Like Natasha Bedingfield's "These Words," Tyler James's "Procrastination" is a song about trying to write a song. "Got to get this song down before I leave tonight," Tyler sings in the middle eight. "But my head just does its own thing/And I gotta feel alright/I gotta write this chorus/But words elude me now/I have to get this done before I get dressed somehow." How nakedly pomo.
The difficulty with such meta-songs is that they practically have a "kick me" sign around their necks. A snarky retort, should you be inclined towards one, is ready-made and never too far away. "Well, you didn't do a particularly good job overcoming that writer's block, didja? Oh yes I did too! Snap!" Etc.
In Natasha's case, that sign seems a little more prominent: though "These Words" a solid pop-hop single, its beat is a bit too thudding (at least in the hit Manny Marroquin remixed version), and the lyrical punchline -- I'm having trouble writing these words, but then I realized that I only need to speak from the heart and say "I love you" ad nauseam! -- disappointingly banal. (Contrary to the Wikipedia entry -- there is a Wiki entry devoted just to Natasha's song! All hail democratic editing! -- which claims that "Bedingfield breaks some new ground by having one of the few songs of popular music in recent history to deal with a very sensitive subject that is not about sex or relationships," the song turns out to be exactly about relationships.)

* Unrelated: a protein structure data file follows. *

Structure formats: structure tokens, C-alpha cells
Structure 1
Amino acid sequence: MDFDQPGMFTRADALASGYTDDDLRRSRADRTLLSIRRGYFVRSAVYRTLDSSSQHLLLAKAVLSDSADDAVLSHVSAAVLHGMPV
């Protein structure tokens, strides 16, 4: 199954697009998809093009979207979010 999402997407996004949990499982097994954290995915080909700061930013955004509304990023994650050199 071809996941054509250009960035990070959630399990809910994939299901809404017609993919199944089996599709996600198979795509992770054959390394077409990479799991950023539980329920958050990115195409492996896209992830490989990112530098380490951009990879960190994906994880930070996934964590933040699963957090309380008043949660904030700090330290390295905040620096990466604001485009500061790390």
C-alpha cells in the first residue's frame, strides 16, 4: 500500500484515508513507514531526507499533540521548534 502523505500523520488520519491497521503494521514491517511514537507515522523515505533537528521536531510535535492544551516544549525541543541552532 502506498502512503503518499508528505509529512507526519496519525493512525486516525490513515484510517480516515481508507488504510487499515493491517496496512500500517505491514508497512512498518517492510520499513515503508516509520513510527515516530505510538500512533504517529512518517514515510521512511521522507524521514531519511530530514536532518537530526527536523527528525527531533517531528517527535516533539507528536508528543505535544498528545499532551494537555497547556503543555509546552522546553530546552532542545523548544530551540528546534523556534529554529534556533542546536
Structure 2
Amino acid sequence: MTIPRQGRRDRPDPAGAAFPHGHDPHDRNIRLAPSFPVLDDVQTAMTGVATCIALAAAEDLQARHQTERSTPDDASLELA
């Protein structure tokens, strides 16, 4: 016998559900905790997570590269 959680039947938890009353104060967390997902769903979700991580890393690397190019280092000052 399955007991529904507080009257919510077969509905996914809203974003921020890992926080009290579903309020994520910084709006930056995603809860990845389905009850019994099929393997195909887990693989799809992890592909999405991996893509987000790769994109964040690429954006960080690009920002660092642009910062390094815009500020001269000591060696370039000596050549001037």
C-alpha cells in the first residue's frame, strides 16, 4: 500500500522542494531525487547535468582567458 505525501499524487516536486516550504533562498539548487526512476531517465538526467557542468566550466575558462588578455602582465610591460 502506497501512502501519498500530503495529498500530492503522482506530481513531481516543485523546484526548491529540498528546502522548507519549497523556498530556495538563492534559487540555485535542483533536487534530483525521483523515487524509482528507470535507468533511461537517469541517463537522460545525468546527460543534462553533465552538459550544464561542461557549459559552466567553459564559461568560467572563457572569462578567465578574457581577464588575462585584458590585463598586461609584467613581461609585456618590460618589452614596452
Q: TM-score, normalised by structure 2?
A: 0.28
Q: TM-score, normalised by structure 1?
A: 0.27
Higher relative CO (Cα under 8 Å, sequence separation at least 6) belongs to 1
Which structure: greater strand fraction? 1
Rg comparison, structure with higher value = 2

"Procrastination" mostly avoids these pitfalls. Though it's not entirely clear -- his delivery isn't mush-mouthed, but he's not exactly Rex Harrison either -- any sense that Tyler's adventures in songwriting is due to some obstacle in love only lurks as a faint whisper, and the song is better for it. More crucially, the track sounds effortless. It thus belies the lyric, as all such songs aim to, in a way that "These Words" doesn't manage. In particular, despite his claims that he's having trouble finding a hook -- a claim about which Tyler sounds utterly sincere, as opposed to smirkily self-reflexive -- the track hits you with one straightaway. Well, almost. The first thing you hear in the song is a muted voice going, "Uh-woo-ah-ah-ah-ah-ah-ah-ah-ah." It's a placeholder, for when the chorus comes around, horns take over the playing of that line, blaring gloriously. They weave in and out of the song: slinky, hypnotic, breezy. [This part needs fleshing out. Maybe later? "But right now I've got stuff to do."]